Apparently, the USA has a de facto policy of separating immigrant families who have probably come to country illegally. This is not good, not right and not biblical.
Let’s take a moment and clarify the context of the immigration debates in this country. For decades now we have had a real mess on our hands. Large numbers of pro-immigration people here in America have been lawlessly encouraging illegal immigration. DACA is a clear example of this, where president Obama ignored Congress and implemented changes to immigration policy. He knew very well that it was unlawful for him to take such an action, and had said so publicly. Since implementation, supporters of the policy have ignored the lawlessness of it and tried to paint anyone opposed to it as hate-filled and cruel.
They know better. And this sort of dishonesty is one of the most important factors in the developing rancor over immigration. In my lifetime, debate over immigration policy has turned into a bitter feud. I blame the supporters of illegal-immigration for this development. And they do support illegal-immigration. They will take immigration however they can get it, by hook or, literally, by crook.
This is not to say that the anti-immigration side is pure and clean. There is an inappropriate level of animosity towards illegals and it is threatening to develop into a general hatred of foreigners. That is a major problem. The anger should be directed against the American citizens who have been dishonestly ignoring the law. In effect, we told the illegals to ignore our laws, and they did. They learned it from us.
Furthermore, arguments against immigration have become more like propaganda than like a sincere presentation of the pros and cons. There is good reason to be highly skeptical of the amount of crime supposedly committed by immigrants. And somehow immigrants who want to come to this country and work hard to provide for their families are vilified as “taking our jobs,” as if someone else’s job listing was your personal property.
In the midst of this heated, bitter debate the Trump administration has taken a wrong turn. Enforcing the law is a good thing, but separating families to discourage illegal immigration is wrong. And, as Americans once knew, two wrongs don’t make a right.
Here is where I first heard about it: BreakPoint: Immigration, Families, and Jesus. I will point out two things that are very important about that story.
First, the change in policy was debated in the administration as a deliberate way of discouraging immigration. That suggests they have some discretion in the matter. Unfortunately, it’s difficult to know how much discretion the laws as written currently allow. The laws themselves are likely to be a convoluted mess, and the pro-illegal-immigration crowd has a long history of lying about what the law actually says. This makes it hard to say for sure what the law requires. It is much easier to say what it should require.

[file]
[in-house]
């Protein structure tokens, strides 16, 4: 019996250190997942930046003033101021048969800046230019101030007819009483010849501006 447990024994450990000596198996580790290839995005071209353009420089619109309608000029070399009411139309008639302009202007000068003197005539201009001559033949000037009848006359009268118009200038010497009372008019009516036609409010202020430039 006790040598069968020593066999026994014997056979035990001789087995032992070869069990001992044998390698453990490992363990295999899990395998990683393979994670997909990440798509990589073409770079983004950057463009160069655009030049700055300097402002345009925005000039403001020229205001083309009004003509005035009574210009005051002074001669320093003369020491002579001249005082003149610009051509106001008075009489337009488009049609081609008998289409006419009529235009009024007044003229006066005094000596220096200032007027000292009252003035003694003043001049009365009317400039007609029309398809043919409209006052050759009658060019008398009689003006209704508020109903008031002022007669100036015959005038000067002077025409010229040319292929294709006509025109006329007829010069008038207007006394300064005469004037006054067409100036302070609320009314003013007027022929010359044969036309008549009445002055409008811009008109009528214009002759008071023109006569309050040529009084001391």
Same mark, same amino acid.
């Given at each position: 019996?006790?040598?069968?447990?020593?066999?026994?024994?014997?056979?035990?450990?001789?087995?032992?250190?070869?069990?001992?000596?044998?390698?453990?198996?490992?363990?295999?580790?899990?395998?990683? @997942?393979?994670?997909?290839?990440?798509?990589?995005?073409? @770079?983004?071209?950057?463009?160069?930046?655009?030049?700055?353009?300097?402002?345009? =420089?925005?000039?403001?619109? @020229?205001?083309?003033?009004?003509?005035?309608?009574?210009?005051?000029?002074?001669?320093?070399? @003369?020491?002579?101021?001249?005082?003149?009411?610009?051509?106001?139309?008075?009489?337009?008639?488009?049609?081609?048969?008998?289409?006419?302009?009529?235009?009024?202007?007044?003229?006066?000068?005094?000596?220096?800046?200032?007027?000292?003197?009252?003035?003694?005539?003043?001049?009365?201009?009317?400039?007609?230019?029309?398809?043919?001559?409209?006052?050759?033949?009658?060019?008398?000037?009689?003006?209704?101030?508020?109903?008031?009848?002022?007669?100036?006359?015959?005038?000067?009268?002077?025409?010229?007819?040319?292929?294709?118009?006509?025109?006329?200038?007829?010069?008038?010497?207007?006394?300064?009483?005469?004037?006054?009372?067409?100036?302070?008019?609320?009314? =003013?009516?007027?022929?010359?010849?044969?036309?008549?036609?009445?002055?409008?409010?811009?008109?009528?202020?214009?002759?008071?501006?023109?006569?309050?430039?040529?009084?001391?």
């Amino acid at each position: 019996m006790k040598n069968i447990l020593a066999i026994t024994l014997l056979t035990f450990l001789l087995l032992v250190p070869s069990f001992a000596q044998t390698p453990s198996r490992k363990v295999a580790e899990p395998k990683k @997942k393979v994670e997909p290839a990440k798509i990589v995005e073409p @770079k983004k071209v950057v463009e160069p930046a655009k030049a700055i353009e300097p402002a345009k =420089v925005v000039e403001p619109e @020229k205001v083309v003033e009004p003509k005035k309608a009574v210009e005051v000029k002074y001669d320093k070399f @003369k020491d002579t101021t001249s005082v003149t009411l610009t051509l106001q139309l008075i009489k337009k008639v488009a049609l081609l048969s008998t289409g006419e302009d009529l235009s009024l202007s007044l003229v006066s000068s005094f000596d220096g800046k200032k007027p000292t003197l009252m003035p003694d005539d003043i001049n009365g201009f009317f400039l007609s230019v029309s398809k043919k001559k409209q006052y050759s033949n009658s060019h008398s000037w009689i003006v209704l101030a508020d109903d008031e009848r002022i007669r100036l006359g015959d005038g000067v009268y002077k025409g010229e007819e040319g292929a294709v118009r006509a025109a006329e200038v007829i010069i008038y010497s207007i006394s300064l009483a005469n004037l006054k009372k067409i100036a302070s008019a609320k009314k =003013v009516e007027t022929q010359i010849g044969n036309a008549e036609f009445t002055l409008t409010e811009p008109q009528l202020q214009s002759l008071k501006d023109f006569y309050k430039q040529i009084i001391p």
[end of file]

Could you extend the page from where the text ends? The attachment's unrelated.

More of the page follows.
The second thing to note is that the mother in this story did not rob a liquor store. I have no reason to think she has committed any violent crimes or property crimes. She may not even be an illegal immigrant. Let that sink in for a minute. She might not be illegal.
Can we all agree that separating children from parents who are about to be granted asylum (as may be true of the mother in this story) is a bad policy? If it’s actually the law, it’s a bad one. It is, if nothing else, hurtful and foolish. But if it’s a policy chosen to discourage illegal-immigration, as it seems to be, it’s an outrage.
Why is it so outrageous? Because it is so inappropriate. Illegal immigrants are generally not dangerous criminals. And separating families is not a fit punishment for the crime of illegally immigrating to this country. Justice demands that the punishment must fit the crime. Creative new punishments might very well discourage immigration, but that end does not justify the means. For this reason we have always prohibited cruel and unusual punishment.
I’d sooner have the parents (only) beaten with rubber hoses followed by a quick deportation of the intact family. You could convince me that illegals should be put into forced labor camps for a year or more (in order to pay a fine that covers the cost of deportation,) but I would insist that those forced labor camps should house families, not children stripped from their mothers.
Honoring the family is honoring the God who invented it. Children belong in families, with a mother and a father. This is evident in the way God designed human beings: it takes a mommy and a daddy to have a baby. Contrary to Darwin, that is not an accident. Experience, common sense and scripture all tell us that children should be raised by their parents, all else being equal. Even science-y research is catching on. God’s design for human nature is not something we can spurn without consequences.
Children should not be separated from their parents to “make an example” out of them. If it’s the law, it’s a bad law. If it is executive discretion, it shows poor judgment.
Christians should support the rule of law and insist that man’s law comport with God’s law. Families should be separated only when truly necessary. And it is not necessary in the general case of immigrants, whether legal or illegal.